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Nissan To Tackle Plug-In Hybrids, Fuel Cells As Well As Electric Cars

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2013 Nissan Leaf (Japanese trim)

2013 Nissan Leaf (Japanese trim)

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Nissan's Leaf is one of the highest-profile electric cars on the market, but the automaker is working on other alternative-propulsion vehicles, too.

According to What Car, Nissan is planning the launch of a plug-in hybrid vehicle within the next two years, and even a hydrogen fuel cell car by 2017.

The plug-in hybrid won't be an all-new vehicle, like the Leaf, but based on an existing model instead.

A recipient in the compact or midsize class is most likely, which suggests that in Europe the Qashqai small crossover is most likely to gain electric assistance, not least as it's the company's highest-selling model. The Qashqai's U.S. equivalent is the Nissan Rogue, but at this stage it would be too early to speculate on U.S. sales.

Even less is known about the fuel cell model, but work on such a vehicle is likely to have gained pace after Daimler, Ford and Renault-Nissan signed a technology development agreement back in January.

The first fruits of this labor are expected by 2017. Nissan's executive vice president for product planning, Andy Palmer, told What Car that the fuel cell vehicle would be based on a new platform not part of the current Nissan lineup.

One has to wonder whether Nissan's decision to diversify has been influenced by sales of the Leaf electric car, which so far have failed to meet Nissan's early expectations.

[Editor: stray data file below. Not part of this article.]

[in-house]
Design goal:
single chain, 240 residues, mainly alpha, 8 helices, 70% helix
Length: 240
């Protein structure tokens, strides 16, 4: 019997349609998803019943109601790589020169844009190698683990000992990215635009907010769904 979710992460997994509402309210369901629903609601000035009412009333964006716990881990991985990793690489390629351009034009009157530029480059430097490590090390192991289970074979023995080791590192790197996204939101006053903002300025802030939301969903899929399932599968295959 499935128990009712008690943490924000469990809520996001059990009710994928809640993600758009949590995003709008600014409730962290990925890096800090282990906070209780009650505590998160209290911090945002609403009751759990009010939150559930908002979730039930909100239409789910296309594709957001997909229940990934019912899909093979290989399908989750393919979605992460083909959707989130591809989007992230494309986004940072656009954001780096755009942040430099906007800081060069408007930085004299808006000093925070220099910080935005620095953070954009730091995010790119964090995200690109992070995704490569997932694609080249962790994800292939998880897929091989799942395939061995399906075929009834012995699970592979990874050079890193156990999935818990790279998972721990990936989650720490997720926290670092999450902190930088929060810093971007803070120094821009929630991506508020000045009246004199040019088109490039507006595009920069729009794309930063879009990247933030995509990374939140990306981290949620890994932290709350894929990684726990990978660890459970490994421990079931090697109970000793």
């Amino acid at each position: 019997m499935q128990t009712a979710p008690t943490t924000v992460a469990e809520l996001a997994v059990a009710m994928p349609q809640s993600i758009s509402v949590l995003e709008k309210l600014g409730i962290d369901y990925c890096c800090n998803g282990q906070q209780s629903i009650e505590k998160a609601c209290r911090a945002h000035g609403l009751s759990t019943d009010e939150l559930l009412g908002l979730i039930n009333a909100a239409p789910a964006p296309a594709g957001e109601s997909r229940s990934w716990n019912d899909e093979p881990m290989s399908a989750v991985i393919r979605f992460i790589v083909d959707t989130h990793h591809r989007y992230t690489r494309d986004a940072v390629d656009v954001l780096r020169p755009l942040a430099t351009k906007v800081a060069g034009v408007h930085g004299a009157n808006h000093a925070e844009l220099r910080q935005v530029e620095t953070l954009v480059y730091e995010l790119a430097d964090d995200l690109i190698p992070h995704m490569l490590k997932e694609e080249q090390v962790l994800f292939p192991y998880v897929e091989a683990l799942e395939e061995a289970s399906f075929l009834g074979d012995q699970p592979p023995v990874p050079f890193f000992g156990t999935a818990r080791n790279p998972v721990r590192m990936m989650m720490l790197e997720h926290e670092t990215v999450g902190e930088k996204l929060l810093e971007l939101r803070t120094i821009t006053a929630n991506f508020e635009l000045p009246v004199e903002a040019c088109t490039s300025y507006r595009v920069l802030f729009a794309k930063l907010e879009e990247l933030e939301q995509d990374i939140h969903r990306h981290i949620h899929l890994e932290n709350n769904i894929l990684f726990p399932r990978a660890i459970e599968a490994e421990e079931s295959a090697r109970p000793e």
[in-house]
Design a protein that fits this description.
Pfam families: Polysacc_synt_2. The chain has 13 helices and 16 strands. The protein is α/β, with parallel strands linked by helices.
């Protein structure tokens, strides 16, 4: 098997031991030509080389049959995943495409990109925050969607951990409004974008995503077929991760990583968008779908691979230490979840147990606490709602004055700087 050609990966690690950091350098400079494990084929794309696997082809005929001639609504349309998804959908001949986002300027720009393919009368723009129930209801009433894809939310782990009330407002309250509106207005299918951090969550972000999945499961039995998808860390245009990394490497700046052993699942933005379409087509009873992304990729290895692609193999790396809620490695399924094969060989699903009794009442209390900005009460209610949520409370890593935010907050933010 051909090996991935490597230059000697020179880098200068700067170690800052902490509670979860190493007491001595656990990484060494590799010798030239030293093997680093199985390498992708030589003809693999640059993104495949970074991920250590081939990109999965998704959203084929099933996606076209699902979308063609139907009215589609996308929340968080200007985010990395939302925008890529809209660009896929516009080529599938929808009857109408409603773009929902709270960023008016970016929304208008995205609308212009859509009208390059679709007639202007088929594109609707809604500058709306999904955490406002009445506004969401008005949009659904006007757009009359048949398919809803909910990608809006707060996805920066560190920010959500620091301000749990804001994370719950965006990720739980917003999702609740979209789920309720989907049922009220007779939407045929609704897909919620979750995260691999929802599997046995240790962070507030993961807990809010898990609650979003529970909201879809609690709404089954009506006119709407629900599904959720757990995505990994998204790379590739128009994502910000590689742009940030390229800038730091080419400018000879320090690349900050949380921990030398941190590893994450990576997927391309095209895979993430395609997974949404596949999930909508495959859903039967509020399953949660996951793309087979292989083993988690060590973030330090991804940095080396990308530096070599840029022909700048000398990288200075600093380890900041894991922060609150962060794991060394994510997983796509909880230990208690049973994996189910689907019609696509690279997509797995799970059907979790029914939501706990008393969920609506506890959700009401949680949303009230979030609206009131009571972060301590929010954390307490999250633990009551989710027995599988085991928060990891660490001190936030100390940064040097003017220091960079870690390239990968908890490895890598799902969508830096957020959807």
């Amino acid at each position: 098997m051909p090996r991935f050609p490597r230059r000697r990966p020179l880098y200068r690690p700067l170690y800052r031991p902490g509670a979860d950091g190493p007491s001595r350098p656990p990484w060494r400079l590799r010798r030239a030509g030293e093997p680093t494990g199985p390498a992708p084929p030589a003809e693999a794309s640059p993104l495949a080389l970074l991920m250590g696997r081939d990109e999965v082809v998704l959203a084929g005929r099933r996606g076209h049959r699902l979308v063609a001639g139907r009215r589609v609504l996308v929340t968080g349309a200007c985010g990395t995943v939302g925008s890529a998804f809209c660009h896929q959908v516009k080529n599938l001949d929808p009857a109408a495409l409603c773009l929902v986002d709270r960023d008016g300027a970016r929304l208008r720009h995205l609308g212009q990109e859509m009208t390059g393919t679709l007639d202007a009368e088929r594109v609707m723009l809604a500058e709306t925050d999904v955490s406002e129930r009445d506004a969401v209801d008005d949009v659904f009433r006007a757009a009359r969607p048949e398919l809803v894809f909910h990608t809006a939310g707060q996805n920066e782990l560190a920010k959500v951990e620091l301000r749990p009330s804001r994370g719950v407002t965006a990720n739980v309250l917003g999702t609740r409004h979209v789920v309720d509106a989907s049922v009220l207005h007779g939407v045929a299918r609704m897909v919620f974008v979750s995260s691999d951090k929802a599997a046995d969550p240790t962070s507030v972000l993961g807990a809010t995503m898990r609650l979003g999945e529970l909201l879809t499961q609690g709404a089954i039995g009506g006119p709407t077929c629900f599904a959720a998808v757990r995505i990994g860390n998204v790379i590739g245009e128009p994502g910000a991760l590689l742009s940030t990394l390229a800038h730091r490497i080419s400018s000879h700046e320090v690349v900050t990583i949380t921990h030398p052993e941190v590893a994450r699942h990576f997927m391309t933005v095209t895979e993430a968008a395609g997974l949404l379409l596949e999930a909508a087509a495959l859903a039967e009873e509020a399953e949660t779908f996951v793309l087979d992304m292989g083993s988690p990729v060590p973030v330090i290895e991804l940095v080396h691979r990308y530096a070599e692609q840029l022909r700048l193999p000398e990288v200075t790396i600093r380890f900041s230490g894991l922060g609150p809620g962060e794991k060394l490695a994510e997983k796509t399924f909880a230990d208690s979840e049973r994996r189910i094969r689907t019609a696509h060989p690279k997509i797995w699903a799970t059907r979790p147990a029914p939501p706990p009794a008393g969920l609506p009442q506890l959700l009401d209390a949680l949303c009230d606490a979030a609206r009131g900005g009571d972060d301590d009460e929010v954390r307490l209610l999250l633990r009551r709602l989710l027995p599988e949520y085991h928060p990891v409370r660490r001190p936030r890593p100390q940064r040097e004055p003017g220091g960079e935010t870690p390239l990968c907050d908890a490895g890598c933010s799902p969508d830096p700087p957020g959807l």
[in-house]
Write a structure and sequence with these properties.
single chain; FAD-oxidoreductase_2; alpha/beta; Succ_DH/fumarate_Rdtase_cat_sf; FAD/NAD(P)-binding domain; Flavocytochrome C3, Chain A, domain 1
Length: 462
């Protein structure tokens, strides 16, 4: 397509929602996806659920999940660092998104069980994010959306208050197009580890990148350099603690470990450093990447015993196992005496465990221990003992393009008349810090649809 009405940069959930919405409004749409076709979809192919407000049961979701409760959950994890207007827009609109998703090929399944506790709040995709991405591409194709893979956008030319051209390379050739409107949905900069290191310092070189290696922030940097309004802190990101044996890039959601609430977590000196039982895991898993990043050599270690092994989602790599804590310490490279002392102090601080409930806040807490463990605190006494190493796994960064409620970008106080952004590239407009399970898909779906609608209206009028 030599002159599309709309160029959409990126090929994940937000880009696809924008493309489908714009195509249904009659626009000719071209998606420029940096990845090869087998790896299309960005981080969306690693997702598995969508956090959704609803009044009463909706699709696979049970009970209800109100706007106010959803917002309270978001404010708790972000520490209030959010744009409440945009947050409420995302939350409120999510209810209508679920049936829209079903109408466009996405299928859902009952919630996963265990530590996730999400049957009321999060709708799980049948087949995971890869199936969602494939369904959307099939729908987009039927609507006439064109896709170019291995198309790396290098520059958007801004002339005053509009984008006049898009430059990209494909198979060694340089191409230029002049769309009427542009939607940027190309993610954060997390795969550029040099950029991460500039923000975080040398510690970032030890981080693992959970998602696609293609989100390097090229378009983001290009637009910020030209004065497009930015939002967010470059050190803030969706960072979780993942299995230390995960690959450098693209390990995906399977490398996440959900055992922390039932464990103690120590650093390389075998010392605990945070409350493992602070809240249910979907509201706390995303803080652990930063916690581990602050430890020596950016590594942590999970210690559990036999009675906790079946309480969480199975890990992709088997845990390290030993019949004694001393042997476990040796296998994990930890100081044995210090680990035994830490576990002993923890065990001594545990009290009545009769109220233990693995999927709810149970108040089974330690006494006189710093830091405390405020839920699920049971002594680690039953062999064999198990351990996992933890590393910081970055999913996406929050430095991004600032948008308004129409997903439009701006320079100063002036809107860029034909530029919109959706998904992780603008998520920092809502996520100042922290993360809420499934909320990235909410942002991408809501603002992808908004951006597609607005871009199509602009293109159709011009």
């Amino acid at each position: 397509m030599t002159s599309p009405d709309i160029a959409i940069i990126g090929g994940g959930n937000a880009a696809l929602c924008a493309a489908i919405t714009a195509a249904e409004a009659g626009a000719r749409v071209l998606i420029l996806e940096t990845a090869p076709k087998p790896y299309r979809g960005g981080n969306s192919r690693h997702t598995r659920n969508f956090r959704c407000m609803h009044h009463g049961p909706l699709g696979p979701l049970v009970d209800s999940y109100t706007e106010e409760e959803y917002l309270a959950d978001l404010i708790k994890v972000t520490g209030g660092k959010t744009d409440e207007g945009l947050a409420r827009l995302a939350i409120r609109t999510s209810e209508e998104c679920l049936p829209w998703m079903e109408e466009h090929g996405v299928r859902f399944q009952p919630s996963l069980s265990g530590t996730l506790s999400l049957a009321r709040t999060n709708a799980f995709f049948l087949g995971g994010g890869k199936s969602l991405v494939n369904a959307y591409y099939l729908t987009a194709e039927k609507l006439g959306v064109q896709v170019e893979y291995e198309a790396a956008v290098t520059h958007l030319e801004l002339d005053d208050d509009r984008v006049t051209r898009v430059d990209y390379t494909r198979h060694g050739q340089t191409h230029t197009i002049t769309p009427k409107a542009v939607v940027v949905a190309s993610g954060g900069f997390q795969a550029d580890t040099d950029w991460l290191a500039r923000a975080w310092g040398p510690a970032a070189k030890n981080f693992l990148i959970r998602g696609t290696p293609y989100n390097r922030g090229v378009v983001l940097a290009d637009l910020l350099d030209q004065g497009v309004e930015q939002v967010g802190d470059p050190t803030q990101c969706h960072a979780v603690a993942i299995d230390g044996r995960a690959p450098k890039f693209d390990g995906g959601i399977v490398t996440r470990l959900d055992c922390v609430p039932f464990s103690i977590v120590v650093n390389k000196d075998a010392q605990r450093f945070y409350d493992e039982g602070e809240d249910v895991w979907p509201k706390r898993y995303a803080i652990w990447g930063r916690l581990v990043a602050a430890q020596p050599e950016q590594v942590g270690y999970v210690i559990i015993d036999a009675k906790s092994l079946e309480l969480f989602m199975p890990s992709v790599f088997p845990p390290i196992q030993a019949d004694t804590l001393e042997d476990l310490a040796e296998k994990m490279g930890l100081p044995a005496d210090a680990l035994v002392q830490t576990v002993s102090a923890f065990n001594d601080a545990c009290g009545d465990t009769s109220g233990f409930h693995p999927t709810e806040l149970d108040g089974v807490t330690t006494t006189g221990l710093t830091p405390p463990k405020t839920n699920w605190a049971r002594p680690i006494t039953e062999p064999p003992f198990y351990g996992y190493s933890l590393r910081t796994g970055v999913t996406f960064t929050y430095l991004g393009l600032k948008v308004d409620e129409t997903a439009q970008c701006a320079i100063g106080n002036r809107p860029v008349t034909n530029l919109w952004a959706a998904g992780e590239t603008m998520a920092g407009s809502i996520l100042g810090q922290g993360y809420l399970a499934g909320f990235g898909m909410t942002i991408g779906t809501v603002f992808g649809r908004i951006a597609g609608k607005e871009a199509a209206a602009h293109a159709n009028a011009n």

Nissan CEO Carlos Ghosn is still strongly behind the Leaf, and expects sales to improve a little now that both U.S. and European factories are in full swing.

Along with the hydrogen and plug-in options, Ghosn confirmed that Nissan is also working on a city car with partner Renault.

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Comments (2)
  1. Mini SUV/crossover with 30 AER will find a market
     
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  2. While electric and hydrogen fuel cell vehicles can help us move toward a future where we are free from oil, they are not a near-term solution to our oil problem. Fuel Freedom is working to reduce the cost of driving existing vehicles by opening the market to cheaper fuel choices at the pump. EV and hydrogen fuel cell cars are great in combination with other viable replacement fuels, like ethanol, methanol and natural gas.
     
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